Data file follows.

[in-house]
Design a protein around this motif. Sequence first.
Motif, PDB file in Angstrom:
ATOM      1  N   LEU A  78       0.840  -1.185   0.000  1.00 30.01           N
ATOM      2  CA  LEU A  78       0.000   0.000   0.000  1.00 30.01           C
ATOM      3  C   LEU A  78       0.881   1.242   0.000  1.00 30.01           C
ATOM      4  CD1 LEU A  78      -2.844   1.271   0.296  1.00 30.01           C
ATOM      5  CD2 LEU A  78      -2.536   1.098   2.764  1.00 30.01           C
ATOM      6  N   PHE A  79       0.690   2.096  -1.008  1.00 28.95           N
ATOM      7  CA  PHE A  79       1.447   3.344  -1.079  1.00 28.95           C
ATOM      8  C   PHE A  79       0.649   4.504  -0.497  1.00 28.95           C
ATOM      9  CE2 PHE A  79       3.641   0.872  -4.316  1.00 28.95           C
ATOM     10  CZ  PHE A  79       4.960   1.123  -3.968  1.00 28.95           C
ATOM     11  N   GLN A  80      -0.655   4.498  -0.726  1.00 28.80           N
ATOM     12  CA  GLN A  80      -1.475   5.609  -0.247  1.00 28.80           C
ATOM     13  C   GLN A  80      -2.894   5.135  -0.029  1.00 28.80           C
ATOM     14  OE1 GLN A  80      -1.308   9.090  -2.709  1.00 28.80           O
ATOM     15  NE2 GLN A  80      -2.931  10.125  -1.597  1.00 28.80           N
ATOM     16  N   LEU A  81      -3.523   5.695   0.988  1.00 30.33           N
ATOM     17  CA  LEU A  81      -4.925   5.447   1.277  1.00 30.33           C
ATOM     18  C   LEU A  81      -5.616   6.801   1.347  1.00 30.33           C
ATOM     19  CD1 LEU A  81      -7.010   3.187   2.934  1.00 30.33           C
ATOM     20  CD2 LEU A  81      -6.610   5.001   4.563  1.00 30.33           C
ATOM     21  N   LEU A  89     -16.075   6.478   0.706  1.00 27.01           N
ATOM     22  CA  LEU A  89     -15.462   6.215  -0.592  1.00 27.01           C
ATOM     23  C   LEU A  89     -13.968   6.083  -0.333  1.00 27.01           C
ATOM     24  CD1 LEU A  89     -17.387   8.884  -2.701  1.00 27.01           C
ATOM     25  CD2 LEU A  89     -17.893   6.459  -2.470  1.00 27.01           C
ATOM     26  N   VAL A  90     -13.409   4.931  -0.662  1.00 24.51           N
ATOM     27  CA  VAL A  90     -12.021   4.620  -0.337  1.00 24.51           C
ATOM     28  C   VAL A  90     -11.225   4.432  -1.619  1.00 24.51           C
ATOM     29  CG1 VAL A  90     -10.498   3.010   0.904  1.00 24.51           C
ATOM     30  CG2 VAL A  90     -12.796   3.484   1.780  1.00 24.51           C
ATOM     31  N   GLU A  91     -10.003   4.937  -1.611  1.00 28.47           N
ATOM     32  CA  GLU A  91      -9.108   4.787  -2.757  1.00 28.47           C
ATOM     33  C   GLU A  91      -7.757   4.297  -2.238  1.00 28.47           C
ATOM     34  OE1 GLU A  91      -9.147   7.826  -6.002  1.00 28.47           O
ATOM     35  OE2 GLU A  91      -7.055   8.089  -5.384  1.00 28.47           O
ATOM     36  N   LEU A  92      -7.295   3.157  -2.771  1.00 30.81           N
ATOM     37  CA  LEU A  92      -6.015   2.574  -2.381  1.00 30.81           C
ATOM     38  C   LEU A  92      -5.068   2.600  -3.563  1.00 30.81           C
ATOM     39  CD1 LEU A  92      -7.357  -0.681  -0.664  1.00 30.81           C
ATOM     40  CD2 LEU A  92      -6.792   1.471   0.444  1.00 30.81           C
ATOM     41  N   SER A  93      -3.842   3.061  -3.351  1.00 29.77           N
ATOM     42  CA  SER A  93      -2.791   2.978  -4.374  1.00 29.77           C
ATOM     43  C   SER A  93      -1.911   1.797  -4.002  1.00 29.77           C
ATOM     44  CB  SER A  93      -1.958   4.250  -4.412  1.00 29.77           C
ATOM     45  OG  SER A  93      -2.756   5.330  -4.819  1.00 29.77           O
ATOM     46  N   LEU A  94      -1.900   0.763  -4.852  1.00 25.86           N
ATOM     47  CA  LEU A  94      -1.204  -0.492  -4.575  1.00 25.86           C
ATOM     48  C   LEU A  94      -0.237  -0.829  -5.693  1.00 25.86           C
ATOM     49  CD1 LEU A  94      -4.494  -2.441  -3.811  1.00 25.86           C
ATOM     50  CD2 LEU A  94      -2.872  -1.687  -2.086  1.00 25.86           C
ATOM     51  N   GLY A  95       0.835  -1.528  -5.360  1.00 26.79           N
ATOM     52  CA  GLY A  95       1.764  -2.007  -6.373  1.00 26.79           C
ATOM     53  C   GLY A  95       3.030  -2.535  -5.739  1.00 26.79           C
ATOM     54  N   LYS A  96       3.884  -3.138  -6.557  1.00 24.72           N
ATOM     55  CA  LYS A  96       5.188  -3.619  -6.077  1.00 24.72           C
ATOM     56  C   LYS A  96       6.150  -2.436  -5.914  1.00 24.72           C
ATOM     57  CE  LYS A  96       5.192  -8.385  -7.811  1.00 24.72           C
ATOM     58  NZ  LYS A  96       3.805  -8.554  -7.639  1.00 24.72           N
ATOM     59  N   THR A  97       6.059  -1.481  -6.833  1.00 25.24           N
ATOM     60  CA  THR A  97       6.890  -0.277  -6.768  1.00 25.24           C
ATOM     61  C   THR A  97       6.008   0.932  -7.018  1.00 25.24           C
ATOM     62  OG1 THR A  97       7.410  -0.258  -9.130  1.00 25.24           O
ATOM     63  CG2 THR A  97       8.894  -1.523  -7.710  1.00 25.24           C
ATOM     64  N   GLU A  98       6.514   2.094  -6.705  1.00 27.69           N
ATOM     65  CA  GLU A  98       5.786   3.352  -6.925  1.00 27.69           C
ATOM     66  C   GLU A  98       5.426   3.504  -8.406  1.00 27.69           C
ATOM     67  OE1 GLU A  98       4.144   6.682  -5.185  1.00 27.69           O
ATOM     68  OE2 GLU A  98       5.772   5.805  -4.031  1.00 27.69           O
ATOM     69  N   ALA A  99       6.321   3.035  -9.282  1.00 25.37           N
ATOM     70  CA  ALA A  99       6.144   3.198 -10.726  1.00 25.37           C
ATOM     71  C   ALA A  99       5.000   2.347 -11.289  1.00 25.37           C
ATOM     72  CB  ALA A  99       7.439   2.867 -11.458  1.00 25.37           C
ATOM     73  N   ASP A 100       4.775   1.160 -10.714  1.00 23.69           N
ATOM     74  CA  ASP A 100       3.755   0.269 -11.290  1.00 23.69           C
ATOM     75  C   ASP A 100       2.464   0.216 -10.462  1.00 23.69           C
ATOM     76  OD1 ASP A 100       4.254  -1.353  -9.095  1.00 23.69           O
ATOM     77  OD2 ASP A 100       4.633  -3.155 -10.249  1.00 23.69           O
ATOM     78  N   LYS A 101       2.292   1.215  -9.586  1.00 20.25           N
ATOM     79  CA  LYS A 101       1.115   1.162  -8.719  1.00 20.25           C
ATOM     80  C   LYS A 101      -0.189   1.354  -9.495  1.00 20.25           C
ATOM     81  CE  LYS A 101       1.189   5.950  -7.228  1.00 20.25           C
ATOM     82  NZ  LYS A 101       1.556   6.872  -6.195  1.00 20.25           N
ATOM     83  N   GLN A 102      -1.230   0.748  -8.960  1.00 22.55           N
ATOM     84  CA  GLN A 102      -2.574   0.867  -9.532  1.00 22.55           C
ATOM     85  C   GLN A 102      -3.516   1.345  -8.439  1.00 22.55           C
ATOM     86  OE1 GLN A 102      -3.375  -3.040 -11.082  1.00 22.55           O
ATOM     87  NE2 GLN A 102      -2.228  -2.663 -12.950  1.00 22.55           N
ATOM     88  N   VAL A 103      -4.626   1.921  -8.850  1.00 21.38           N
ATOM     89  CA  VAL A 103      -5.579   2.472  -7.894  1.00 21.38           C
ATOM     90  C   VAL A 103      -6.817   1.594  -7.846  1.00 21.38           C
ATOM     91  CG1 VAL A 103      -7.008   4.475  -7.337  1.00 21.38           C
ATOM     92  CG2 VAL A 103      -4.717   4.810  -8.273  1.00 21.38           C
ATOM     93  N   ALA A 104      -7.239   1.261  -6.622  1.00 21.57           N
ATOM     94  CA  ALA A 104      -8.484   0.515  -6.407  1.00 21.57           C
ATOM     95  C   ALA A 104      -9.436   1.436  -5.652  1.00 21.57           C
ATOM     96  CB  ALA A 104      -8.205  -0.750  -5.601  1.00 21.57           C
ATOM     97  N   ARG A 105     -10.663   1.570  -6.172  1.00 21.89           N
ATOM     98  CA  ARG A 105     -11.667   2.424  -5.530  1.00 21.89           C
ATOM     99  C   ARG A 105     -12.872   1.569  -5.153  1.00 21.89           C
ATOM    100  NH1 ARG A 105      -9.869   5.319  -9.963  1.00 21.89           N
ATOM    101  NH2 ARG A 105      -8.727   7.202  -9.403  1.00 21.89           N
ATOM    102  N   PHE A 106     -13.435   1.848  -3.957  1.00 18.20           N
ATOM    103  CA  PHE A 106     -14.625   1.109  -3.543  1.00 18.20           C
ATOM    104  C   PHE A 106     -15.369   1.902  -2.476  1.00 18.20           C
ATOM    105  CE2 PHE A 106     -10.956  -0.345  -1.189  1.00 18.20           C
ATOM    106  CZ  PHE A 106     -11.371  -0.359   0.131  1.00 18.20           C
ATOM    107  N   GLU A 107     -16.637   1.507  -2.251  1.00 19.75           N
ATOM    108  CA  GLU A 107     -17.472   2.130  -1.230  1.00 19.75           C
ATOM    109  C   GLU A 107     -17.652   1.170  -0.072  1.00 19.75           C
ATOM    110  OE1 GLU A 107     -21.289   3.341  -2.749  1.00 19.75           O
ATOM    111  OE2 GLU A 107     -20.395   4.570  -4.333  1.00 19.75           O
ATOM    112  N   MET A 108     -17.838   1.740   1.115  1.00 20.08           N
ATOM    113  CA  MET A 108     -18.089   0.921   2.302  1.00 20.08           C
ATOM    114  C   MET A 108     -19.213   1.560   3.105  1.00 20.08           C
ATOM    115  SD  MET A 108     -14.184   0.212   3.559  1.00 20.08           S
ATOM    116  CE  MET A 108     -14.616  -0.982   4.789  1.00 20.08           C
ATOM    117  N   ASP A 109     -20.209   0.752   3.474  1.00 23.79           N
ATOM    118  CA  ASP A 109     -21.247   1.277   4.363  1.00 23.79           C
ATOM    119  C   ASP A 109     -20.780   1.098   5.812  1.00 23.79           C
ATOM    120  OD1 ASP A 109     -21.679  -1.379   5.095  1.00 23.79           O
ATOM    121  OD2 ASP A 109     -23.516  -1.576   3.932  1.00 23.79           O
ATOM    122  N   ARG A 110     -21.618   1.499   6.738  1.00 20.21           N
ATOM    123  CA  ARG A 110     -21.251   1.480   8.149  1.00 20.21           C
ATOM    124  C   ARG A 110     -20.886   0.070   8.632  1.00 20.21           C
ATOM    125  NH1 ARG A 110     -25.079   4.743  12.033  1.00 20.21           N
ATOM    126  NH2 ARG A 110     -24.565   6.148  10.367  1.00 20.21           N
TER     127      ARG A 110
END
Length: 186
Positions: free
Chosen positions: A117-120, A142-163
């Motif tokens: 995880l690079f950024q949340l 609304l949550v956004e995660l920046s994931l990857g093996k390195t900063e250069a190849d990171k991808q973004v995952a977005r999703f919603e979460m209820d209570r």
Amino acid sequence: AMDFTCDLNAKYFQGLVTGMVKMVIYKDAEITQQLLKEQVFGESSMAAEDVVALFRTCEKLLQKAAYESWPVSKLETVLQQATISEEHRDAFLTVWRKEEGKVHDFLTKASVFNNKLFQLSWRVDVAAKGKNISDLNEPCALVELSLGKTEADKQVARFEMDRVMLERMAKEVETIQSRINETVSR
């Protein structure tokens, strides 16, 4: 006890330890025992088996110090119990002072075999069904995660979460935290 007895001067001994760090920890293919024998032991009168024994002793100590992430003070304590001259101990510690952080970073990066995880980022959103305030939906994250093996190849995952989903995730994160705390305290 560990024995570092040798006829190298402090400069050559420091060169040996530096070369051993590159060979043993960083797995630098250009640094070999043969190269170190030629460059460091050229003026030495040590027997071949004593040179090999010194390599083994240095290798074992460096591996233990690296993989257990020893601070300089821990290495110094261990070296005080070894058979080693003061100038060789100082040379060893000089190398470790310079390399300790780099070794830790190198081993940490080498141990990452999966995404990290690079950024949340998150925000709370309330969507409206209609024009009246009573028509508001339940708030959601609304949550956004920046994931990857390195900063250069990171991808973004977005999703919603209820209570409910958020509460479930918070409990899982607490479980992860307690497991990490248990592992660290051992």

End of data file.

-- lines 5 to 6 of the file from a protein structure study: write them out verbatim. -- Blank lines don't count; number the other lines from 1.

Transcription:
ATOM      2  CA  LEU A  78       0.000   0.000   0.000  1.00 30.01           C
ATOM      3  C   LEU A  78       0.881   1.242   0.000  1.00 30.01           C